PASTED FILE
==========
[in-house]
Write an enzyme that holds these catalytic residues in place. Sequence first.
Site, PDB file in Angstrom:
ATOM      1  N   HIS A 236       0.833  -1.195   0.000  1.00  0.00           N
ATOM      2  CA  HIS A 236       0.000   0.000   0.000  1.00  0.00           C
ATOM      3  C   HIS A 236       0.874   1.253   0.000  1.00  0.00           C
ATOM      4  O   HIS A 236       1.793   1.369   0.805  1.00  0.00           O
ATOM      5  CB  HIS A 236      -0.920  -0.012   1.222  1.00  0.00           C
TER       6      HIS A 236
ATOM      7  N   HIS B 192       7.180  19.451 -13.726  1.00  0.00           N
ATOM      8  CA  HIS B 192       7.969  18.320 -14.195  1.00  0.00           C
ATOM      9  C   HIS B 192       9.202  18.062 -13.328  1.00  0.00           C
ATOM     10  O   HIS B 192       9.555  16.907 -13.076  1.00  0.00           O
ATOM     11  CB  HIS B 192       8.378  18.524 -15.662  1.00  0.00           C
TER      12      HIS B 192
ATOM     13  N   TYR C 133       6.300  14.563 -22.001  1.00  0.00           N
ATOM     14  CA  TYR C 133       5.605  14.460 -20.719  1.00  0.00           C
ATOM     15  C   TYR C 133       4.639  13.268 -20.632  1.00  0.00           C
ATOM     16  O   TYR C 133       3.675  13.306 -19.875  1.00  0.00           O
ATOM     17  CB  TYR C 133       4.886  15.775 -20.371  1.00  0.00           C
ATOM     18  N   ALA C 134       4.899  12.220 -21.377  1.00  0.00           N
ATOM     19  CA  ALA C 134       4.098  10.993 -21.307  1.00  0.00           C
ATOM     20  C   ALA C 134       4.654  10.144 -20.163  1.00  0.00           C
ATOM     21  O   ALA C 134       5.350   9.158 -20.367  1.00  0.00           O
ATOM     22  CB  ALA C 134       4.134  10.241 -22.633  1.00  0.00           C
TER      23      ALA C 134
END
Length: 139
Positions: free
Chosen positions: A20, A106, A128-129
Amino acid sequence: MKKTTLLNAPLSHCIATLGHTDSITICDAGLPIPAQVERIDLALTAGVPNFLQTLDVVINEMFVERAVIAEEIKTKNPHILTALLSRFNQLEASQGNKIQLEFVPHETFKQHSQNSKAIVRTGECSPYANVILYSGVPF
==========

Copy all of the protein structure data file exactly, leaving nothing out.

[in-house]
Write an enzyme that holds these catalytic residues in place. Sequence first.
Site, PDB file in Angstrom:
ATOM      1  N   HIS A 236       0.833  -1.195   0.000  1.00  0.00           N
ATOM      2  CA  HIS A 236       0.000   0.000   0.000  1.00  0.00           C
ATOM      3  C   HIS A 236       0.874   1.253   0.000  1.00  0.00           C
ATOM      4  O   HIS A 236       1.793   1.369   0.805  1.00  0.00           O
ATOM      5  CB  HIS A 236      -0.920  -0.012   1.222  1.00  0.00           C
TER       6      HIS A 236
ATOM      7  N   HIS B 192       7.180  19.451 -13.726  1.00  0.00           N
ATOM      8  CA  HIS B 192       7.969  18.320 -14.195  1.00  0.00           C
ATOM      9  C   HIS B 192       9.202  18.062 -13.328  1.00  0.00           C
ATOM     10  O   HIS B 192       9.555  16.907 -13.076  1.00  0.00           O
ATOM     11  CB  HIS B 192       8.378  18.524 -15.662  1.00  0.00           C
TER      12      HIS B 192
ATOM     13  N   TYR C 133       6.300  14.563 -22.001  1.00  0.00           N
ATOM     14  CA  TYR C 133       5.605  14.460 -20.719  1.00  0.00           C
ATOM     15  C   TYR C 133       4.639  13.268 -20.632  1.00  0.00           C
ATOM     16  O   TYR C 133       3.675  13.306 -19.875  1.00  0.00           O
ATOM     17  CB  TYR C 133       4.886  15.775 -20.371  1.00  0.00           C
ATOM     18  N   ALA C 134       4.899  12.220 -21.377  1.00  0.00           N
ATOM     19  CA  ALA C 134       4.098  10.993 -21.307  1.00  0.00           C
ATOM     20  C   ALA C 134       4.654  10.144 -20.163  1.00  0.00           C
ATOM     21  O   ALA C 134       5.350   9.158 -20.367  1.00  0.00           O
ATOM     22  CB  ALA C 134       4.134  10.241 -22.633  1.00  0.00           C
TER      23      ALA C 134
END
Length: 139
Positions: free
Chosen positions: A20, A106, A128-129
Amino acid sequence: MKKTTLLNAPLSHCIATLGHTDSITICDAGLPIPAQVERIDLALTAGVPNFLQTLDVVINEMFVERAVIAEEIKTKNPHILTALLSRFNQLEASQGNKIQLEFVPHETFKQHSQNSKAIVRTGECSPYANVILYSGVPF